Quick cat6 question

nickb23

Active Member
Hi guys. Got a quick question regarding cat6. I am networking my house with cat6 and most of the cables will be going from a patch panel to cat6 modules. This is easy as I follow the colour coding as I punch down. But I am also installing a unifi WiFi system with 4 access points. For these 4 cables I was going to punch down one end at the patch panel and the other end I was going to terminate with an rj45 connector to go directly into the AP's hanging from the ceiling. My question is which colour coding do the patch panels follow. Is it T568a or T568b?? Also if I buy an rj45 cable tester, will it work with cat6 cables??

Thanks. Nick
 

UberCoder

Active Member
T568b... We basically use this colour coding so someone ever needed to do work on your network it would be easier for them to rewire or add new sections to the network. You could have your own wiring colour code as long as the cables were wired as "straight through", but I would just stick to the T568b standard.

A lot of the cheap testers only test continuity of the wire, and it's handy to have a tester which tests if the wires are correctly paired up.
 
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Trollslayer

Distinguished Member
I would advise keeping to modules and patch cables.
This is because installation cable is solid core and patch cable is stranded so the connectors are designed with this in mind.
 

neilball

Well-known Member
T568b... We basically use this colour coding so someone ever needed to do work on your network it would be easier for them to rewire or add new sections to the network. You could have your own wiring colour code as long as the cables were wired as "straight through", but I would just stick to the T568b standard.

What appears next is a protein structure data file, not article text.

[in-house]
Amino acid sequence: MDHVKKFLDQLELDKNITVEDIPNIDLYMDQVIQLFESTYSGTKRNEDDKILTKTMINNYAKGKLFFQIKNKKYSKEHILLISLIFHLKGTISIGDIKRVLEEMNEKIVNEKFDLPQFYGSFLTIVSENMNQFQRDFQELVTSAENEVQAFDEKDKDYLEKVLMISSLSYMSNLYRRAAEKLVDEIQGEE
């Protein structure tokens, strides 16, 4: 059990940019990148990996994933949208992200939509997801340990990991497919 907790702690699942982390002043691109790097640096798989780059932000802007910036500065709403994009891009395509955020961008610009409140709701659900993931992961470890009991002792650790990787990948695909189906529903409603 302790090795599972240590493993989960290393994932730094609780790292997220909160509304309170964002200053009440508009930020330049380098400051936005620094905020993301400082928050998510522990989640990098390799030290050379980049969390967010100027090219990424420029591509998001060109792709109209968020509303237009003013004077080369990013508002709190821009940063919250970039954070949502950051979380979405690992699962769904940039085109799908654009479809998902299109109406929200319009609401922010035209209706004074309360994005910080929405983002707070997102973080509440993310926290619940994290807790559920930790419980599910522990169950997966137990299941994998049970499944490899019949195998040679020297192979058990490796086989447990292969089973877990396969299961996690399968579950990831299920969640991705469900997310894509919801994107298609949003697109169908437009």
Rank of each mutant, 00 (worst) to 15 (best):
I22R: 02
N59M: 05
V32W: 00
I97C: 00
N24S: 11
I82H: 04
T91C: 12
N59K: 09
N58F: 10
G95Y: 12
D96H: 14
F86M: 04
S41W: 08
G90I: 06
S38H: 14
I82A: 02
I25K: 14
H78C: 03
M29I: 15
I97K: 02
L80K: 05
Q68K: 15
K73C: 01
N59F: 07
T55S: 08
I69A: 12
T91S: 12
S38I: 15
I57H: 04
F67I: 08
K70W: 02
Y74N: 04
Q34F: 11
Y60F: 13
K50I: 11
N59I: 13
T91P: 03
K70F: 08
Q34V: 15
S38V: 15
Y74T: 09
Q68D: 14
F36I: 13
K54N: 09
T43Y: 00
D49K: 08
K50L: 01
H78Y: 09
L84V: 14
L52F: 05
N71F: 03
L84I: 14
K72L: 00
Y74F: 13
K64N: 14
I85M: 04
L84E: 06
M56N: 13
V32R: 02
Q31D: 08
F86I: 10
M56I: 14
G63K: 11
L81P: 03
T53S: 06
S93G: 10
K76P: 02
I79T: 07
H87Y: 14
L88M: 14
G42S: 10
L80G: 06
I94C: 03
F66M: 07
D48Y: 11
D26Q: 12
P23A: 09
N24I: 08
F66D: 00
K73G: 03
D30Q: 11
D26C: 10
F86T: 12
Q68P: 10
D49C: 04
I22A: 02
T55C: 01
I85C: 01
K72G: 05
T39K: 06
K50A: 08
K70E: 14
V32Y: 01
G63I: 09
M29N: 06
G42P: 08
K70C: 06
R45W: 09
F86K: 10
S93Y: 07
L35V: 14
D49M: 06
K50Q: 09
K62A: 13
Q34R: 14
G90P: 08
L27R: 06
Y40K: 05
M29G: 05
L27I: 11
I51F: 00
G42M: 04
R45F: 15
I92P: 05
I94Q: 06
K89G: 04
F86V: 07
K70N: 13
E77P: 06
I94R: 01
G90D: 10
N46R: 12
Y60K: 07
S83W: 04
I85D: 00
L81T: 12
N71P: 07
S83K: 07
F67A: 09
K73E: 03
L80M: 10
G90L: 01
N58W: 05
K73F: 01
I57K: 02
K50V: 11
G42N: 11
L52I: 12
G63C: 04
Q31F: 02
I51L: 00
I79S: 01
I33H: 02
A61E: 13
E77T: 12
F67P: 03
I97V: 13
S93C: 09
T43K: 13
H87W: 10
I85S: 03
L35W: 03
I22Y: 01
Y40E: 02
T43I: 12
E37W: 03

Yes it probably would. a lot of the cheap testers only test continuity of the wire, and it's handy to have a tester which tests if the wires are correctly paired up.

Using your own colour coding is not really an option as you also need to ensure that you use twisted pairs for each signal, otherwise you introduce split pairs on the connections which can impair or prevent signal transmission. Sticking to an industry-approved wiring scheme is the best advice, so go with either TIA-568A or B, but as the previous post suggested most now use TIA-568B now.
 

blue max

Distinguished Member
The modules I used (Excel) were colour coded with the B standard. It would just unnecessarily complicate matters to choose A or any other. The testers for a couple of quid, where you put the device on either end of the cable are good enough to spot a bad connection. If you find things are flawed through using it, it is more than likely a connection unless you have damaged the cable, so relatively straightforward to re-terminate.

I have a mixture of fixed faceplates and external boxes like these:
Excel Plus - Category 6 Surface Mount Boxes | Excel Networking

I got all my cabling in place, but didn't want to finally fix some, due to not wanting to rip newly decorated walls apart - or at least not at this time. Plus it gets stuff up and running and allows you a bit more freedom to choose the best locations. For some applications, like hdmi distribution, I have heard it better to skip the modules altogether and go straight into the device. At least these would allow you to test whether it would work before finally committing. I've got some over if that seems it might be of interest (let me know and I'll put an ad up :)).
 

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